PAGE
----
Part of me will always be suspended in disbelief. Dangling where there is no ground, no up or down, nothing more substantial than a mysterious ether. But I am not afraid. I am grateful.
I know there are plenty of reasons to be worried, sorrowful, pessimistic. Plenty of tragedy, injustice and hate embedded, looming and ever-present. I do not turn a blind eye. I do not dismiss them. I do not pretend they are not there. I will always be ready to fight for my values, as well as to listen and to improve if love or sound reasoning and evidence call for it.
When I look at my own life: the incredible luck, the reversals, the choices, the surprises, I feel overwhelmingly thankful. Thankful not in comparing myself with others or holding myself up as a smug idol of virtue. I am thankful simply to live, to have the freedom to figure out what it is to be “me”, and to have such a kind, loving and wonderful group of family and friends (including you, my internet friends)!
I am the child of a woman who was born at the very moment bombs were dropped above her. Japanese warplanes were bombing her village during WWII. The roof of the birthing house was within seconds of collapse as my grandmother gave her final push. It all came crashing down as the infant took her first breath of life, falling so fast that the midwife had only enough time to pull my grandmother to safety, leaving the slick newborn alone on the bed. When the ash cleared, the two women went back to the crumbled house in tears, fearing something gruesome, but discovered the baby alive! Alive by sheer luck of angled fallen beams!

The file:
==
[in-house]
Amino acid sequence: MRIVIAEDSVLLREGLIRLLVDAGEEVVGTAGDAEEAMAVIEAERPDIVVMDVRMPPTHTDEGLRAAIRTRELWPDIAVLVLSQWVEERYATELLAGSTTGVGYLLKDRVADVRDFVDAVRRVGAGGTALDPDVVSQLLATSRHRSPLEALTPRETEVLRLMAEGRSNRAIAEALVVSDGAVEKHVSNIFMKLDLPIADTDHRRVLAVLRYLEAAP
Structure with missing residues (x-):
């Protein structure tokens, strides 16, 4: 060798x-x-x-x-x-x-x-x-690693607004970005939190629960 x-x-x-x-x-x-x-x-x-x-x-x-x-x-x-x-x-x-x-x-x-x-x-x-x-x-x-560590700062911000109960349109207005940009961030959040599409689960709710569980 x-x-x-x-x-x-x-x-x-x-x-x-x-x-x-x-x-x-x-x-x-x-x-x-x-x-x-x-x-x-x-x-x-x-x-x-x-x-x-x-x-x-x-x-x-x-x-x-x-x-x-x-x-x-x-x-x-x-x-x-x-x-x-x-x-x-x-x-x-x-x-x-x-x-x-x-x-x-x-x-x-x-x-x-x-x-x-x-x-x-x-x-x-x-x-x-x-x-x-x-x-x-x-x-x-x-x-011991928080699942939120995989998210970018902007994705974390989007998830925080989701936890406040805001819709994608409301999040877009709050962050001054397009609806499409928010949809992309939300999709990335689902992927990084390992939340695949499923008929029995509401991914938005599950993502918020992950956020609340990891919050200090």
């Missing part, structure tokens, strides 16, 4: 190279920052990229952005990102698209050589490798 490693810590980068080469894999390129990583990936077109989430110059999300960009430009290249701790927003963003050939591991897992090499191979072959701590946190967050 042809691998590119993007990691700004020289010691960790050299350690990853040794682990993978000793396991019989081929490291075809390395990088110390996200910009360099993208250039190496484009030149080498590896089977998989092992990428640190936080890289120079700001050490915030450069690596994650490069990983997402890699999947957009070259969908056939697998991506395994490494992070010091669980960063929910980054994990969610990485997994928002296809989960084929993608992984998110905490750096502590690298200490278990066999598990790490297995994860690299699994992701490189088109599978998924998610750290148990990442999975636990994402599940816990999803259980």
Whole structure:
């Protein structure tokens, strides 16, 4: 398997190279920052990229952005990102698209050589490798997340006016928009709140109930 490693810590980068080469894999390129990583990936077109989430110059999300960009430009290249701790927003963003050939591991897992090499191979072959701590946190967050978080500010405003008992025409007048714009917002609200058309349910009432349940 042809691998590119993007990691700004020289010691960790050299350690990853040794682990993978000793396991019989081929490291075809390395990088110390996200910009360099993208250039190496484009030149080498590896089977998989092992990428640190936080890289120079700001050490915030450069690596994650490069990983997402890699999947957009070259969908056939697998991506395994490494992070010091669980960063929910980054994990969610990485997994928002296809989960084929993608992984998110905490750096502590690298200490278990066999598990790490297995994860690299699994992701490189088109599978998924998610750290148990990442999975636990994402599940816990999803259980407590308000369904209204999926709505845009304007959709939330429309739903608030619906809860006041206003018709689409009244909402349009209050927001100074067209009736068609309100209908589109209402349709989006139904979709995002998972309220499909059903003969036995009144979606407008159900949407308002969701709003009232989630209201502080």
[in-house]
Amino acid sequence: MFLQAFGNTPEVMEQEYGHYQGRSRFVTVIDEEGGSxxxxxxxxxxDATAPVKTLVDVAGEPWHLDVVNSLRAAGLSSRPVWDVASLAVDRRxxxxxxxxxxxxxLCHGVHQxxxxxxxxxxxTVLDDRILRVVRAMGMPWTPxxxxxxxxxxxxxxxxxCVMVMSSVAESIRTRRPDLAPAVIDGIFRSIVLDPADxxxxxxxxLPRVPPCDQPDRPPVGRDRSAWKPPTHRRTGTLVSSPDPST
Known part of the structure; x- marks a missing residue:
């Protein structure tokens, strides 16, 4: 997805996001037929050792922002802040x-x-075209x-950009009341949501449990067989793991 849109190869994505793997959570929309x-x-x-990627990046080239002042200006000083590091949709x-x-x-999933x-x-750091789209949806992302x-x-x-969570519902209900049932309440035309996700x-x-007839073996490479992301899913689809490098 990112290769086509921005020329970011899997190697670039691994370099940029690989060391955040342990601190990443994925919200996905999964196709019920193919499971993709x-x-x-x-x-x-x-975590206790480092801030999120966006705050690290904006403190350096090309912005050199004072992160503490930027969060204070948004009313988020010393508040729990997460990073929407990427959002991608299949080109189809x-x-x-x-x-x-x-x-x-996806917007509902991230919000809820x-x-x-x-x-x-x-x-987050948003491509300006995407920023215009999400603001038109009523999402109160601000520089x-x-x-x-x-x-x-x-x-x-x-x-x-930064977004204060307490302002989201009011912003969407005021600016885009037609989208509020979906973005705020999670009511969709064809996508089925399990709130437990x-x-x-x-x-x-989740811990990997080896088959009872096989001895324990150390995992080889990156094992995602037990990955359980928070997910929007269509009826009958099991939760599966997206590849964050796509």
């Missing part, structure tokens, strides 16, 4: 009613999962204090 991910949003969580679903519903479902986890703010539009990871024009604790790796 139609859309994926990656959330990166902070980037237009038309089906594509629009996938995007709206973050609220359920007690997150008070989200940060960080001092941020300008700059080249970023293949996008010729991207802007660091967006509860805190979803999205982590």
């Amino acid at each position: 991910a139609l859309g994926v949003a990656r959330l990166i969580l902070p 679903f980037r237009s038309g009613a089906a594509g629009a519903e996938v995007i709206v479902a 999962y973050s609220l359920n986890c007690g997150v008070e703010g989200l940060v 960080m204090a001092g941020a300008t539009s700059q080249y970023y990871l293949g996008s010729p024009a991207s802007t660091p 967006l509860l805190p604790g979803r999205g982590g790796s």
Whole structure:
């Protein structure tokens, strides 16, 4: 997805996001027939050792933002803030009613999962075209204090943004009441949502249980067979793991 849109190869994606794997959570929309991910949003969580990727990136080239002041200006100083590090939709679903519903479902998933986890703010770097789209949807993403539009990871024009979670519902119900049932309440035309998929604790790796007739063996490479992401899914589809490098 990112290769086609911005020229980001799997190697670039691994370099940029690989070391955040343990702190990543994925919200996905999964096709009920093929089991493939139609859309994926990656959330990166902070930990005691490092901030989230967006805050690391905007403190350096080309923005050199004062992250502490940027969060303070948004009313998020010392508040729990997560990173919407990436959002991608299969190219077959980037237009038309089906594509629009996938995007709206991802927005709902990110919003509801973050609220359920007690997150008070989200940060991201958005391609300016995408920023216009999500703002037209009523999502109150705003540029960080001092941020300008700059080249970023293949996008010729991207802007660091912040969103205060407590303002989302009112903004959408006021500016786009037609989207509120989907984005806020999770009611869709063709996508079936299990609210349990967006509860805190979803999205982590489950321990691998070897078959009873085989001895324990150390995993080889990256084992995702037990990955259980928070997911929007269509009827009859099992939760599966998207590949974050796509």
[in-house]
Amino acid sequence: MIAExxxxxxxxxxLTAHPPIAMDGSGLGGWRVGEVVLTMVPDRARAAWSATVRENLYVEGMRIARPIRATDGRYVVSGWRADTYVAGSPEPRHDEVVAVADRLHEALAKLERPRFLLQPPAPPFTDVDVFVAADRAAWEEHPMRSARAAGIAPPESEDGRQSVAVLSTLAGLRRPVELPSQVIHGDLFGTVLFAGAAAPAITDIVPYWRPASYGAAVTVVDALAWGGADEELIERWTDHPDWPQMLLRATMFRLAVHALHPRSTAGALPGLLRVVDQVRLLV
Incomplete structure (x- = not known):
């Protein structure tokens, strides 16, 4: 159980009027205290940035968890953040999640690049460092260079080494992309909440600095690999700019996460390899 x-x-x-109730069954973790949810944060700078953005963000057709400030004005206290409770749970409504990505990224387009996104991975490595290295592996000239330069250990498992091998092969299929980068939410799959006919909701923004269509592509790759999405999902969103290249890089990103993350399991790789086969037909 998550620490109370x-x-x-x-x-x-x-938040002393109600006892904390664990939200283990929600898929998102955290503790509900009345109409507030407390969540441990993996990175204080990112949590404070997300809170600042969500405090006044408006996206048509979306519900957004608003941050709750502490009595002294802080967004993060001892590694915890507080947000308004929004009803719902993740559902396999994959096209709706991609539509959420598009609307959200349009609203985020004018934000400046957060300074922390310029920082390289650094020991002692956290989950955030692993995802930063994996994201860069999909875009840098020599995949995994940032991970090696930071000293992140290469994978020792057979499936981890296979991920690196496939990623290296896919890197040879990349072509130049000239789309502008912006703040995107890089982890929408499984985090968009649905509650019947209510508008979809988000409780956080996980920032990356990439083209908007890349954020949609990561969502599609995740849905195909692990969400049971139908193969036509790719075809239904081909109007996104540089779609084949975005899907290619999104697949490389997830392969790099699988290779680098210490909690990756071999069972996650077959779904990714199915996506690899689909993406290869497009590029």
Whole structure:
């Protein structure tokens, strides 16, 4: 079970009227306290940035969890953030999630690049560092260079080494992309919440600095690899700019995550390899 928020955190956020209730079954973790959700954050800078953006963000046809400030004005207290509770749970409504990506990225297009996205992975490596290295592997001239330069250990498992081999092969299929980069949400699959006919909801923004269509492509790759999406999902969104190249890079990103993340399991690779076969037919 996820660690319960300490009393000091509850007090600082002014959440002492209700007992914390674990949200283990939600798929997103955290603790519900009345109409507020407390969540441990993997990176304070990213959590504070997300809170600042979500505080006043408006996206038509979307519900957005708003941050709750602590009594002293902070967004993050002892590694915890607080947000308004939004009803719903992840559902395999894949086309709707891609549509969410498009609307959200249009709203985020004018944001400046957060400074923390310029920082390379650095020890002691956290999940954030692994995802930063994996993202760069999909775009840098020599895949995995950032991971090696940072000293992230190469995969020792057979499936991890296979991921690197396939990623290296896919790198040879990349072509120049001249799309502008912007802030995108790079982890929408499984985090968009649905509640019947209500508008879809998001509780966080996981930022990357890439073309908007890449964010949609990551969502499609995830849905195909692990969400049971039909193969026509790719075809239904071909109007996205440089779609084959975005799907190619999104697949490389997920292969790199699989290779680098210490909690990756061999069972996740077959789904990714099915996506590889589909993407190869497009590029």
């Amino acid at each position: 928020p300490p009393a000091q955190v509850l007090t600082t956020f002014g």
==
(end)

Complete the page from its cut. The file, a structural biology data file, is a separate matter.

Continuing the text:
My mother continued to live with incredible luck. A few months later, when the soldiers began mercilessly, indiscriminately to kill women and children, she happened to be taken by a soldier who had a sudden mysterious change of heart. “I persuaded him with my cuteness and smiles,” she liked to quip later in life. But we all knew it was just luck. Sheer luck.
Like my mother, I’ve had an incredible amount of luck: surviving a car accident, an abusive relationship and debilitating depression. But I’ve known enough of hate and violence to know luck isn’t enough to live by. You have to love yourself. You have to become your own advocate—at times your fiercest advocate. You have to fight for your life.
Opportunity is lost every moment spent criticizing, comparing and diminishing yourself and others. For every compliment, there is a naysayer. For every paradise, no matter how great, there are those who only see a mess—and are reinforcing (if not creating) that mess. The forces of destruction are always there, poised to dismantle that which has taken millennia, generations, years to birth and countless fragile processes to sustain. It’s easier to destroy. Anyone can shrug and deny. Anyone can destroy. Any fearful, ignorant fool and self-righteous coward can destroy.
But life’s greatest potential can only be achieved by those who strive for it. Who strive even through pain. Pain is not always something to avoid or forget. When not in the form of a toxic person or a malicious act, pain can also be something to accept. It is a crucial component of growing awareness, compassion, humanity, love. It is through pain that we can connect, grow stronger, and become more resilient. Even amidst great pain there can be a blessing.
Life’s blessings are there for those who appreciate them. Even those who have learned never to expect them.
Text and images by M.P. Baecker.